Summer garden reads to relax in the shade | lifestyle


Summer readings are different. Winter is the time to read, research, take notes and learn. At the start of the gardening season, you are armed with a range of do’s and don’ts. Try this out, rip that out and most importantly the mantra of wearing your hat and using sunscreen.

Summer days are always busy. In the late afternoon, it’s time for an ice-cream drink and some reading in the shade. I have a few favorites that I revisit every summer, at least for a chapter here and there.

My favourite is “The Year of the Gardener” by Karel Capek. The book is a collection of ironic observations about all the things that can go wrong in the garden and what crazy gardeners are.

Capek (pronounced chop-uk) was 39 years old when he published the book in Prague in 1929. He was a Czech writer known internationally for his play RUR, which in 1921 introduced the word “robot” to the world.

Capek offered prayers that didn’t even include a sacred request or a thankful thank you. He was pretty straight forward about what he asked: “that there is a lot of dew and little wind, enough worms, no plant lice and snails, no mildew, and that once a week thin manure and guano can fall from the sky. Amen.”

The purpose of Michael Pollan, Author of “Second Nature: The Training of a Gardener” was not to teach gardening, but to help the reader understand the “troubled boundaries between nature and culture, our attitudes towards wilderness and animals”. The book contains a whole range of gardening methods, but the main focus is on the philosophy of gardening. His writings on “the strange politics of the American lawn and the moral dimensions of the landscape” are particularly funny.

Pollan also wrote “Botany of Desire: A Plant Perspective of the World”. Pollan associates four basic human desires – sweetness, beauty, poisoning, and control – with the plants that satisfy them: apple, tulip, marijuana, and potato. Pollan shows how plants evolved to satisfy the most basic human desires.

Amy Stewart is one of my favorite authors. Stewart writes for in her author’s note “The Earth Moved: On the Remarkable Achievements of Earthworms” that she is not a scientist, but a gardener curious about earthworms.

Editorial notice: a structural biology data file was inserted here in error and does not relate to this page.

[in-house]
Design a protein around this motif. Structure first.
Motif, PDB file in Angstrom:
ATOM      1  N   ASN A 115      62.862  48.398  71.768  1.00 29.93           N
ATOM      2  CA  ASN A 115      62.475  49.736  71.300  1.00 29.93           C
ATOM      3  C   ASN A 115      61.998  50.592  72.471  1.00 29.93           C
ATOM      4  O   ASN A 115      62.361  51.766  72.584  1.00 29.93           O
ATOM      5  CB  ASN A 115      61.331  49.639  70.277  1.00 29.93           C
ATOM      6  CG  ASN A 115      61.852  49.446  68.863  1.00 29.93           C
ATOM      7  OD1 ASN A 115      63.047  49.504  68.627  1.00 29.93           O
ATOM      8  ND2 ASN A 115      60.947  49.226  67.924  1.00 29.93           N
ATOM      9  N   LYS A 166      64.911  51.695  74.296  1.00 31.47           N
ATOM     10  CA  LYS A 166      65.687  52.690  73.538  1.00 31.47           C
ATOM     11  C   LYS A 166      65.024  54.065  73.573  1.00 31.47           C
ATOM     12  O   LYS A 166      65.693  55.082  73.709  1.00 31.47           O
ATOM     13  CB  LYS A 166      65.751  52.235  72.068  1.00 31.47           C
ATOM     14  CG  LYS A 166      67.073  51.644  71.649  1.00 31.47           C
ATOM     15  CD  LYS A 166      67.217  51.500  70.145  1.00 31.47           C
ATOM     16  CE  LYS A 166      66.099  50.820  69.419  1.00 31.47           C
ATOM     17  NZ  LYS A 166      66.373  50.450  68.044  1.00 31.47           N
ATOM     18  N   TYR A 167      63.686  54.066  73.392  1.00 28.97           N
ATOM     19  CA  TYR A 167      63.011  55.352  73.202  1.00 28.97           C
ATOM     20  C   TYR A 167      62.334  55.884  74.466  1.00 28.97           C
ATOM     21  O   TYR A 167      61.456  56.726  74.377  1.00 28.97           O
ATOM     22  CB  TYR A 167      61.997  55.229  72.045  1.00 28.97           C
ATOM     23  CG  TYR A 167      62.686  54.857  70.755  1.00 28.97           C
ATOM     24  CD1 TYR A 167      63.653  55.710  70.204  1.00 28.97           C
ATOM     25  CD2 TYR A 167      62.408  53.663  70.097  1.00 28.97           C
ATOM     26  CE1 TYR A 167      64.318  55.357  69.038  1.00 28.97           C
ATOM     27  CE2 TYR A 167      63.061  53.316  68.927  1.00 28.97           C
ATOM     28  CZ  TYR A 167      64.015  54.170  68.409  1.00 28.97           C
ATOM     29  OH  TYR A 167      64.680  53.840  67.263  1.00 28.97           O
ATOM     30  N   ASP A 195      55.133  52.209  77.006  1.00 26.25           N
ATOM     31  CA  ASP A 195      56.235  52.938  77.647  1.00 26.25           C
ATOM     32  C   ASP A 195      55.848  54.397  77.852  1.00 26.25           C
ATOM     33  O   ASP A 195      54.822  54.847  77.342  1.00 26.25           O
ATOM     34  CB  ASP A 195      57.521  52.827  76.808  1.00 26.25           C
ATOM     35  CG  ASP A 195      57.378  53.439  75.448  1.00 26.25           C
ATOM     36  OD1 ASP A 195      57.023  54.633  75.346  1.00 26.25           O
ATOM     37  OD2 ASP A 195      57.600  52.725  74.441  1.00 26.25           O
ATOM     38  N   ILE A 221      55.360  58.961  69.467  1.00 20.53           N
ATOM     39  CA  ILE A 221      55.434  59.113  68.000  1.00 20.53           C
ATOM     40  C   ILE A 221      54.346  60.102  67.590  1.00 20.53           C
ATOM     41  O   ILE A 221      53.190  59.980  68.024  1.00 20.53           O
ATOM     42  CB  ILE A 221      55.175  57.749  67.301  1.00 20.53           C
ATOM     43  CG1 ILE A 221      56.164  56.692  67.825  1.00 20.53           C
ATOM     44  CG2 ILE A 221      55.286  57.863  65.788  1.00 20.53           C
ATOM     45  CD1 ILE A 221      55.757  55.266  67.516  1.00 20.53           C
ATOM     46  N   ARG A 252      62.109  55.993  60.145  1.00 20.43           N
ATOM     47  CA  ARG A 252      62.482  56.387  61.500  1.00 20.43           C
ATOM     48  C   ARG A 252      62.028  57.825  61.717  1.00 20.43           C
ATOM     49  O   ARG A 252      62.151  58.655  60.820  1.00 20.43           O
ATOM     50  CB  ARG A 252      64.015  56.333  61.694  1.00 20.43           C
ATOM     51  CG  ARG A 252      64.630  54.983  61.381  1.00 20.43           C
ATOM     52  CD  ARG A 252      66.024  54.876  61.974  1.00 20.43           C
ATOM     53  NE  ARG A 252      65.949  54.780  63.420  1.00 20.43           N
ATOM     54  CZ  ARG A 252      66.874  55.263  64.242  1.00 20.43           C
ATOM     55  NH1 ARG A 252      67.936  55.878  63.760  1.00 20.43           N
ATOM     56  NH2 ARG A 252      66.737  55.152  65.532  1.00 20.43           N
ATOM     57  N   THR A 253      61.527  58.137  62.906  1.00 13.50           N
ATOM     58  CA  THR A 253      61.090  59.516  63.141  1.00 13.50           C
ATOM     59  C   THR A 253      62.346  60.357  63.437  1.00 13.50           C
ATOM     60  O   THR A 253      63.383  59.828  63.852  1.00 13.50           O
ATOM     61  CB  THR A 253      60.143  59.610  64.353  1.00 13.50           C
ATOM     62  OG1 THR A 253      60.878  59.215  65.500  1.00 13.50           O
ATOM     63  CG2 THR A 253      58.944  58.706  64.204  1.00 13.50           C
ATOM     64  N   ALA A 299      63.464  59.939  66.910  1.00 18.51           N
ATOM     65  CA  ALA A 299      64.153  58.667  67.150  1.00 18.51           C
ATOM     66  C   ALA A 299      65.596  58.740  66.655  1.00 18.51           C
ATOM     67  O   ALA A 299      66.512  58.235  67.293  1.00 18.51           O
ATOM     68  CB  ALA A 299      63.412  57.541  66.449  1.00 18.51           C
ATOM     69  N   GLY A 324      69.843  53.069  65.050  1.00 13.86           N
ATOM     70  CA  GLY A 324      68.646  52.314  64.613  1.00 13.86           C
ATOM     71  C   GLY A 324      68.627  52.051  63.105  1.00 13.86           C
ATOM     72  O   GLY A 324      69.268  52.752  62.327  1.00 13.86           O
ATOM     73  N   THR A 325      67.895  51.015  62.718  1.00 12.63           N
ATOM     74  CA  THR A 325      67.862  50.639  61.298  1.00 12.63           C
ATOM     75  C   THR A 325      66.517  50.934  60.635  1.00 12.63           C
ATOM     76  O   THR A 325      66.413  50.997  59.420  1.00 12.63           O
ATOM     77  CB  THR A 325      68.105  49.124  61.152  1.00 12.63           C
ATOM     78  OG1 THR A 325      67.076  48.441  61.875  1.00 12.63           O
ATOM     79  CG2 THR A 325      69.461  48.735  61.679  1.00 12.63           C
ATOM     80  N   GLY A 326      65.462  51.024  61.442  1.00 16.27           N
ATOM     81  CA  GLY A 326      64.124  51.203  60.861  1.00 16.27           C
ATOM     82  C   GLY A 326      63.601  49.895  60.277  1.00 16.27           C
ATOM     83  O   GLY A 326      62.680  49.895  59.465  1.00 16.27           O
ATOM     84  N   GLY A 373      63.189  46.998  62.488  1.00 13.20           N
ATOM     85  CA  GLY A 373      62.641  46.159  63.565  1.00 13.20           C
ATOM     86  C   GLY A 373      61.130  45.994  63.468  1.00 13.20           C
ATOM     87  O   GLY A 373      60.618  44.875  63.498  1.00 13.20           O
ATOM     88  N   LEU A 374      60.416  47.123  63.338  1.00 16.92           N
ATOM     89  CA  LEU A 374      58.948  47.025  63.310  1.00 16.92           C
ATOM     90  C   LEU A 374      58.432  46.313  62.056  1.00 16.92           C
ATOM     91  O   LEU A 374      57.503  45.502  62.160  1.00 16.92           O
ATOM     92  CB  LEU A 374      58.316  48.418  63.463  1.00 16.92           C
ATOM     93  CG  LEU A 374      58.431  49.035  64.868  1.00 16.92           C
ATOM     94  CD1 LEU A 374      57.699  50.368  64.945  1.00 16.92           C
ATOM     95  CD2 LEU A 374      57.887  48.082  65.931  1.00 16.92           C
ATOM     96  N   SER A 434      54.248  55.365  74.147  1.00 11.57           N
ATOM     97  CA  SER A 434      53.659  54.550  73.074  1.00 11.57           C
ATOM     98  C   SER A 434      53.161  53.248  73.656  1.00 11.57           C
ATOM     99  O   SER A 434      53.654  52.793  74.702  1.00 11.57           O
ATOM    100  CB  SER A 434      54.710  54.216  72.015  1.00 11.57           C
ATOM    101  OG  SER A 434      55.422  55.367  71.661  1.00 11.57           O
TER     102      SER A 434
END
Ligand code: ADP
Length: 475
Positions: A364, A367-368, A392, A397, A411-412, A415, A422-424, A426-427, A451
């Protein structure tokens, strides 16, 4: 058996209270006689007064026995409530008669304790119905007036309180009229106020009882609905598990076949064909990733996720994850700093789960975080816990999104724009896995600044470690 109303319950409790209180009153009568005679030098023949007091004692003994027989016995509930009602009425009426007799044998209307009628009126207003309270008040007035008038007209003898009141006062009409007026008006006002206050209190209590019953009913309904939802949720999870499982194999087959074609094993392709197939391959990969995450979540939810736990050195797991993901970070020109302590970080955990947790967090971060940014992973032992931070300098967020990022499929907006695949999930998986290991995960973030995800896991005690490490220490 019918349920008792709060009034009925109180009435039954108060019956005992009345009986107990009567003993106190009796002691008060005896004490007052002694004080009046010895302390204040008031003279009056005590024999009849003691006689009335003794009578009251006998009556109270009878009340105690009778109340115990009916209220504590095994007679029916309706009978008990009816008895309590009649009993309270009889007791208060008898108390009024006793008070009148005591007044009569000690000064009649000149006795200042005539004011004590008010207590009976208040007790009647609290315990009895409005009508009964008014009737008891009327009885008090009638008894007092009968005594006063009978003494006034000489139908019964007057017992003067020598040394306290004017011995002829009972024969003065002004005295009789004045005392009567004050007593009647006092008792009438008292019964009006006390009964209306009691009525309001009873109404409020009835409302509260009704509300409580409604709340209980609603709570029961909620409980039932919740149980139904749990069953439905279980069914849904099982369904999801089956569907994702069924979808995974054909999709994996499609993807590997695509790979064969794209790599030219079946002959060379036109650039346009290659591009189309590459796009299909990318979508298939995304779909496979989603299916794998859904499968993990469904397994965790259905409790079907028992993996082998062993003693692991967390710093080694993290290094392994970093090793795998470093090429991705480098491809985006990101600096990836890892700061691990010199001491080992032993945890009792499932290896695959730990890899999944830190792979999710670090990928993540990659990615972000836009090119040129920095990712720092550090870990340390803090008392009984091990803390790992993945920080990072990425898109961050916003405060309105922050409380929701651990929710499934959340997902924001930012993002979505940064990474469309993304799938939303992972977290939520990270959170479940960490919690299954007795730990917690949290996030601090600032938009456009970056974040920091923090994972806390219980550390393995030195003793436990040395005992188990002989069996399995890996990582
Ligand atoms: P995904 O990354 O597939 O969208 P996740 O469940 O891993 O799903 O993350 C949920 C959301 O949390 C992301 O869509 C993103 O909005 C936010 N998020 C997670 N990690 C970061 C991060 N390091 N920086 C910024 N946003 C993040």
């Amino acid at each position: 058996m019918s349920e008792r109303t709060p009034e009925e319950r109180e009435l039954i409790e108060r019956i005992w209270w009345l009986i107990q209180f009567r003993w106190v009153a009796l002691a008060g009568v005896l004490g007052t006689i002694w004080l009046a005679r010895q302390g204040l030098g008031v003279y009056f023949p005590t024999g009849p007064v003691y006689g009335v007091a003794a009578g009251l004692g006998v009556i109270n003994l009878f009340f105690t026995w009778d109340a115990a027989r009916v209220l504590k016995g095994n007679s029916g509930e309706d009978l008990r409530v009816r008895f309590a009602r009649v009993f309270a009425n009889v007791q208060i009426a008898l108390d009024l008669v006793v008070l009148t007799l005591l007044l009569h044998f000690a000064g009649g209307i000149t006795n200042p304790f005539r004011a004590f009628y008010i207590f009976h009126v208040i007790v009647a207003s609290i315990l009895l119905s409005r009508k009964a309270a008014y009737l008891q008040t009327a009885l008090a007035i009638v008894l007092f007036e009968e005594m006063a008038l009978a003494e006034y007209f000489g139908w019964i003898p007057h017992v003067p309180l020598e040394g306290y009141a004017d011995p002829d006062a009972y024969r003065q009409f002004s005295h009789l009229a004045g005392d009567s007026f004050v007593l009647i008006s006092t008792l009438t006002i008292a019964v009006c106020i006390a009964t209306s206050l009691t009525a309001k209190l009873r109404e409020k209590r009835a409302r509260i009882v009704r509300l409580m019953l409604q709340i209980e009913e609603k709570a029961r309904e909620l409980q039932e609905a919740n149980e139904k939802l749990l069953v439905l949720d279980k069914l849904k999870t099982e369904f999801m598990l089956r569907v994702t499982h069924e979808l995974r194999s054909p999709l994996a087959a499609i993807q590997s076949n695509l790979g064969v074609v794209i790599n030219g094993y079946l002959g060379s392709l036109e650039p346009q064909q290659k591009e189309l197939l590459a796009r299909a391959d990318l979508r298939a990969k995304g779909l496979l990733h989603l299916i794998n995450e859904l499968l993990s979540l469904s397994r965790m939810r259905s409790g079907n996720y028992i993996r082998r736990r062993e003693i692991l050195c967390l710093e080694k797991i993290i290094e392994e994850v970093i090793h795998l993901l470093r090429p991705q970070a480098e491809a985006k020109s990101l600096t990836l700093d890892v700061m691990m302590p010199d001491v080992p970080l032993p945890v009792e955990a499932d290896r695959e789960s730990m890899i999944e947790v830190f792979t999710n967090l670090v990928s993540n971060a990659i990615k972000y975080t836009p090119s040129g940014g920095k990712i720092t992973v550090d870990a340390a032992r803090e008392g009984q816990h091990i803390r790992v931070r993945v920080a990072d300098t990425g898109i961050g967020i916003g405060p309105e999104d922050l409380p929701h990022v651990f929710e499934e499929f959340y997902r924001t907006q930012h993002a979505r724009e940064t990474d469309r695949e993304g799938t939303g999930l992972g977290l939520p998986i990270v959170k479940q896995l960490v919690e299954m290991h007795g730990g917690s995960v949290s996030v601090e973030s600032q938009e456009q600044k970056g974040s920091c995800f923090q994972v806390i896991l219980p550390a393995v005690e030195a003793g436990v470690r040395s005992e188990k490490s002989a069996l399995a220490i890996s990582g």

Why do we never find a dead earthworm in the ground or in a worm container? Did you know that the Palouse area of ​​Washington state is home to the giant Palouse earthworm Driloleirus americanus? It has not been sighted for over 20 years. If you happen to see a pink and white earthworm two feet or more at full expansion that smells like lilies, take it to the nearest university for documentation. Your fame on the nightly news is guaranteed.

In 2009 Stewart received the American Horticultural Society Book Prize for “Wicked Plants: The Weeds That Killed Lincoln’s Mother and Other Botanical Atrocities.”

Stewart also wrote the bestseller “Wicked Bugs: The Louse That Conquered Napoleon’s Army and Other Diabolical Insects”. Both are quick and interesting reads.

On my list for this summer is Stewart’s true story about Constance Kopp and her sister, the first women in law enforcement in 1914. Stewart’s interest in the Kopp sisters has led to seven novels.

Elizabeth Gilbert, author of “Eat, Pray, Love” wrote an engaging novel about adventure and discovery called “The Signature of All Things”. It is the story of a woman who was born in 1800 as the daughter of a botanical researcher. The story stretches from America to Tahiti. Alma’s research leads her deep into the mysteries of evolution. The story takes many twists and turns when she falls in love with a man who draws her into the world of the spiritual and magical. I read the novel a few years ago and would read it a second time.

“Flight behavior” by Barbara Kingsolver was written in 2012 and was a bestseller. I only read it last year and am glad I waited. I don’t think it would have had the same impact years ago – it seems more topical now as we realize that there is climate change and that we are more concerned with monarch butterflies.

Kingsolver has roots in Appalachian culture which makes the dialogue and philosophies more authentic. The main character Dellarobia is 27 years old, married to an unimaginative man, has two children and lives in a small house on the property of her in-laws. Life was pretty boring and dreary until hordes of monarchs were discovered who changed the small town life in many ways

Henry Mitchell’s name would be more familiar to you if you were from the east coast. Mitchell wrote under his column “Earthman” every Thursday for the Washington Post for many years. He is considered the best garden writer in America and an essayist.

The monthly content may not be entirely relevant to our climate, but its words and thoughts are inspiring. Mitchell died in 1993 when a collection of his writings was published in Henry Mitchell on Gardening.

Ciscoe Morris is a highly respected horticulturalist and public speaker in the Pacific Northwest. “OH LA LA!” is an entertaining, humorous depiction of his 45 years of gardening, which also included serving as head gardener at Seattle University. He writes about familiar topics: deer, moles, birds, rats and the secret life of insects.

So much to read, so little time. Hopefully you find these brief reviews enticing enough to turn your devices off and spend time with the written word in the shade of your favorite tree.